An investigation by 20/20 revealed statements by Governor of Louisiana Edwin Edwards, who said that he believed that Rideau was rehabilitated, but that he would not release the prisoner under any circumstances.[30] Rideau said that governors did not advocate for his release because he had become "a political football" due to his appeals and retrials. He believed that it would be difficult for a prisoner in Louisiana to be released from prison.[29]

Fourth appeal, trial and aftermath[edit]

In 1998 the Legal Defense Fund of the NAACP joined his case and participated in mounting a fourth appeal. In December 2000, the Fifth Circuit Court of Appeals in New Orleans threw out Rideau’s 1970 murder conviction based on grounds of racial discrimination in the grand jury process in Calcasieu Parish, Louisiana, which had indicted him. All the members of the grand jury were white.

To the surprise of many outside the area, the Calcasieu Parish prosecutor decided to try Rideau for a fourth time for first-degree murder. Rideau was indicted again in July 2001. The jury, composed of both men and women, and blacks and whites, unanimously found him guilty of manslaughter, as they did not believe the murder was premeditated. Rideau was sentenced to the maximum of 21 years, but he had already served nearly 44, more than twice that, so he was released. Whereas he had been represented by local court-appointed defense attorneys in his first three trials, his defense team in 2005 included prominent civil rights attorneys: Johnnie Cochran, George Kendall, and famed New Orleans defense attorney Julian Murray, who all worked on the case for free, or pro bono.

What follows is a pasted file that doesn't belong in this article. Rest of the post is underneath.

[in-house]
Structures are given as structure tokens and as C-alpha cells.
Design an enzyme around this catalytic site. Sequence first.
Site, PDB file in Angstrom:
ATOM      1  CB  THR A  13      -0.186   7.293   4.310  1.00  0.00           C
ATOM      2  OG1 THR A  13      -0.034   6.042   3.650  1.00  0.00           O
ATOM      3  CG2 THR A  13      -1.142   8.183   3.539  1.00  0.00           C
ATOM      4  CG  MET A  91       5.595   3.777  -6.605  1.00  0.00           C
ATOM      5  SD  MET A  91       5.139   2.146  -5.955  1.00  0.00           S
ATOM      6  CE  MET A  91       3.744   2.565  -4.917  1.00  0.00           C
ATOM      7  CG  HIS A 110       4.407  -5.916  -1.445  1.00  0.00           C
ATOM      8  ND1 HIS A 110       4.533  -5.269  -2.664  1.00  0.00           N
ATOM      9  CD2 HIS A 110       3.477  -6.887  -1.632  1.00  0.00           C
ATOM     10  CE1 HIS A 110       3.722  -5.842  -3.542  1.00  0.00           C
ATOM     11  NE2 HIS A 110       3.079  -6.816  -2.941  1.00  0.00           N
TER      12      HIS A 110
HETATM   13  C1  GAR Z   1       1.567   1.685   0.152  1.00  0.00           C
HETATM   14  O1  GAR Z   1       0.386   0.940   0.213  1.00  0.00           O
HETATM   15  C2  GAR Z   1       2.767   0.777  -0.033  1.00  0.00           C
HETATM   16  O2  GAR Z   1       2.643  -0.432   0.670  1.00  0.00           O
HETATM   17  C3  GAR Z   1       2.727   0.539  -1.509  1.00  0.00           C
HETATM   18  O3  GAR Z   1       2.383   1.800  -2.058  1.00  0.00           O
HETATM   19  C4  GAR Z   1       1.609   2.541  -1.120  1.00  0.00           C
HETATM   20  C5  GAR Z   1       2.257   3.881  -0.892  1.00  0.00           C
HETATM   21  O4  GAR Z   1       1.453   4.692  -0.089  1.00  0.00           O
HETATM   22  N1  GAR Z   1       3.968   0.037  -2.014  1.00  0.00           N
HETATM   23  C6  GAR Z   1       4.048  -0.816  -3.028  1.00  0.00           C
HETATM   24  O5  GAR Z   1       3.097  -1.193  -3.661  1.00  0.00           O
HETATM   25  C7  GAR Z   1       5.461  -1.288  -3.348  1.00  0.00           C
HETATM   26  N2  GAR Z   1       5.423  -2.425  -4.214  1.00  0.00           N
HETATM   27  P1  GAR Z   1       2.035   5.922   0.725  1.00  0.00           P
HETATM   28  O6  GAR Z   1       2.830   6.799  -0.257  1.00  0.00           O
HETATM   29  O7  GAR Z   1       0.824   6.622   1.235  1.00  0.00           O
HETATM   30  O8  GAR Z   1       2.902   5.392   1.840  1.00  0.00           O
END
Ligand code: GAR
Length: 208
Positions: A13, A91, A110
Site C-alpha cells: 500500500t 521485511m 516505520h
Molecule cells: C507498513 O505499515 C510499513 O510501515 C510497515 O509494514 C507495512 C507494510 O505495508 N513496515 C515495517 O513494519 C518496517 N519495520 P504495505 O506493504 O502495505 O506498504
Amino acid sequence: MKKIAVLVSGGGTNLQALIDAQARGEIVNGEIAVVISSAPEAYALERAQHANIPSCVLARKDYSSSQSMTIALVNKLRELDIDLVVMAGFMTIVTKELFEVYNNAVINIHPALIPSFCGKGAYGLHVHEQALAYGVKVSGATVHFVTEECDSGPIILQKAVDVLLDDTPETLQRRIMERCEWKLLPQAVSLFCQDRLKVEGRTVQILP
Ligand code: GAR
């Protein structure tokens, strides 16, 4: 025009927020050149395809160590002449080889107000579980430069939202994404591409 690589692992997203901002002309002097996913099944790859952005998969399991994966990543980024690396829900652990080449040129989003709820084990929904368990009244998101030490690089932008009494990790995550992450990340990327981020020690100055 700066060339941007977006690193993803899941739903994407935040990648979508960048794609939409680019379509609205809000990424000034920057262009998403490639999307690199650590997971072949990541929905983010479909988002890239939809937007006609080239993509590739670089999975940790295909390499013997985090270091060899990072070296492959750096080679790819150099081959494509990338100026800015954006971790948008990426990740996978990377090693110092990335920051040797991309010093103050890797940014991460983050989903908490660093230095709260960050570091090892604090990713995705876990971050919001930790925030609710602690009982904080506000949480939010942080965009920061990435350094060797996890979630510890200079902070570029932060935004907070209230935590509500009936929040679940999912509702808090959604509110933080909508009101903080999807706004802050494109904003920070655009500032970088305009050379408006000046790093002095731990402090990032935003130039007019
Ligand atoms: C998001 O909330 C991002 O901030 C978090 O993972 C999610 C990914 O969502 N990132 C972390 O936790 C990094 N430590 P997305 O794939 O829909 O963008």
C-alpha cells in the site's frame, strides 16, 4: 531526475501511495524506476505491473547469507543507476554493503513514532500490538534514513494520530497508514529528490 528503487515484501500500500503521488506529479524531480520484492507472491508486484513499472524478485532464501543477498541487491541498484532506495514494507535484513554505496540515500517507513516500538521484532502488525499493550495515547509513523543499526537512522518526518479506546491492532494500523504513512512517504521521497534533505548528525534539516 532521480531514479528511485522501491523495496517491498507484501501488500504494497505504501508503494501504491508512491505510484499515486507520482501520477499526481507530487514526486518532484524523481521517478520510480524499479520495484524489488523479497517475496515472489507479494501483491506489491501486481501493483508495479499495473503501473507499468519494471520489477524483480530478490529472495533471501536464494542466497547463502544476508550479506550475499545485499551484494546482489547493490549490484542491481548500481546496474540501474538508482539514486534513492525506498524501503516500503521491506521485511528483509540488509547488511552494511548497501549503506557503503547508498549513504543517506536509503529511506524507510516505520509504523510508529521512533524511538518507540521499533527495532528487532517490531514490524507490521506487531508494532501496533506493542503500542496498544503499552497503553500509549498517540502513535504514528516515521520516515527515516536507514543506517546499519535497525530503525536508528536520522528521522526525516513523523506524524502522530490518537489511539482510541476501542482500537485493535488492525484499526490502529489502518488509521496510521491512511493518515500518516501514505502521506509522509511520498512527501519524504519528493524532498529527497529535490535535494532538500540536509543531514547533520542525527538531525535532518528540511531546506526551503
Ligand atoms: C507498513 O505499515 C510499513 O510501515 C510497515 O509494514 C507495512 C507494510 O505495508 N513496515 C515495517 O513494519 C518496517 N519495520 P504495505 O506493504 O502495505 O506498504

The case was prosecuted again under the laws in effect at the time of the crime in 1961. The jury was free to convict Rideau of murder – the state elected to prosecute under the “specific intent” rather than the “felony murder” doctrine of the 1961 statute – or manslaughter, which in Louisiana is any homicide that would otherwise be murder if it is either committed without specific intent to harm an individual, or if it is committed in the heat of passion. The defense said that Rideau had become panicked during the robbery and especially by the hostages attempting to escape.[31]

Shortly after Rideau’s release, Judge David Ritchie, who had declared Rideau indigent at trial, ordered him to pay more than $127,000 to the court to cover the cost of the trial and conviction that ultimately freed him. This order was overturned by the Louisiana Court of Appeals for the Third Circuit.[32]

The Louisiana Court of Appeals stated:

[ . . . ] we find the trial court lacked legal authority to act for the parish of Calcasieu and lacked standing in its own right to seek recoupment of funds expended from the Criminal Court Fund. The trial court, however, retains authority to enforce the January 15, 2005 sentence which ordered Rideau to pay costs and to assess reasonable costs upon presentment by the parties who actually "incurred" the Article 887(A) expenses, consistent with this opinion and the Constitutions of Louisiana and the United States. We also vacate that portion of the March 15, 2005 Order directing Rideau to reimburse the IDB [Indigent Defender's Board] for all costs, expert witness fees and expenses associated with his defense.[33]

After release[edit]

Since his release, Rideau has published a memoir, In the Place of Justice: A Story of Punishment and Deliverance, about his years at Angola. (See Books... above for awards) He has frequently been asked to speak about his experiences, and his work to rehabilitate himself while in prison. In 2009, he was included in the documentary The Farm: 10 Down (2009, Jonathan Stack's follow-up to the survivors of the six men he had featured in his earlier film on Angola. Rideau was the only one among them to have left the prison alive.

In 2011 Rideau was one of the invited speakers at the Newark Peace Education Summit in Newark, New Jersey.[34]

References[edit]

  1. ^ a b c David Oshinsky, "The View from Inside", New York Times, 13 June 2010; accessed 19 may 2017
  2. ^ a b c d Colt, George Howe. “The Most Rehabilitated Prisoner in America,” Life, March 1993, in Browne, Ray Broadus. Profiles of Popular Culture: A Reader. Popular Press, 2005. 297. Retrieved on October 19, 2010. ISBN 0-87972-869-8, ISBN 978-0-87972-869-4
  3. ^ Life After Death Row, CBS News, April 26, 2010